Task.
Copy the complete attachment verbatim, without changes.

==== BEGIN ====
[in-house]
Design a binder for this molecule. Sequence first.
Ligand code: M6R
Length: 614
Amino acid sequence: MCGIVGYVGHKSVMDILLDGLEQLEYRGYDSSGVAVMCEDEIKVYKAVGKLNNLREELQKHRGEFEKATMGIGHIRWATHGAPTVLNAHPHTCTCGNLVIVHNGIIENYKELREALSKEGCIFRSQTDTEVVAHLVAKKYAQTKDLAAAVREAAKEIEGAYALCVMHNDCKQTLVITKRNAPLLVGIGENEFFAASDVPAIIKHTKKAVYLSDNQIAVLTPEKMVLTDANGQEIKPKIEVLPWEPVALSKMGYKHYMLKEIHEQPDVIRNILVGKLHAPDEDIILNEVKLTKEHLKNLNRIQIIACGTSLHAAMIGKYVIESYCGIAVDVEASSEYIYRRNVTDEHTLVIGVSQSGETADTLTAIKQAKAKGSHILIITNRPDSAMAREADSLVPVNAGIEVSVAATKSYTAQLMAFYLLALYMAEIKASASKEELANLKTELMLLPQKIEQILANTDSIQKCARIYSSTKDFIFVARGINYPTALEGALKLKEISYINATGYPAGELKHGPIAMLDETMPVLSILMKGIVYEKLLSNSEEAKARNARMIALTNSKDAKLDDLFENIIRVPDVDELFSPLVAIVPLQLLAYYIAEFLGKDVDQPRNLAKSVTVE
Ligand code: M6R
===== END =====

[in-house]
Design a binder for this molecule. Sequence first.
Ligand code: M6R
Length: 614
Amino acid sequence: MCGIVGYVGHKSVMDILLDGLEQLEYRGYDSSGVAVMCEDEIKVYKAVGKLNNLREELQKHRGEFEKATMGIGHIRWATHGAPTVLNAHPHTCTCGNLVIVHNGIIENYKELREALSKEGCIFRSQTDTEVVAHLVAKKYAQTKDLAAAVREAAKEIEGAYALCVMHNDCKQTLVITKRNAPLLVGIGENEFFAASDVPAIIKHTKKAVYLSDNQIAVLTPEKMVLTDANGQEIKPKIEVLPWEPVALSKMGYKHYMLKEIHEQPDVIRNILVGKLHAPDEDIILNEVKLTKEHLKNLNRIQIIACGTSLHAAMIGKYVIESYCGIAVDVEASSEYIYRRNVTDEHTLVIGVSQSGETADTLTAIKQAKAKGSHILIITNRPDSAMAREADSLVPVNAGIEVSVAATKSYTAQLMAFYLLALYMAEIKASASKEELANLKTELMLLPQKIEQILANTDSIQKCARIYSSTKDFIFVARGINYPTALEGALKLKEISYINATGYPAGELKHGPIAMLDETMPVLSILMKGIVYEKLLSNSEEAKARNARMIALTNSKDAKLDDLFENIIRVPDVDELFSPLVAIVPLQLLAYYIAEFLGKDVDQPRNLAKSVTVE
Ligand code: M6R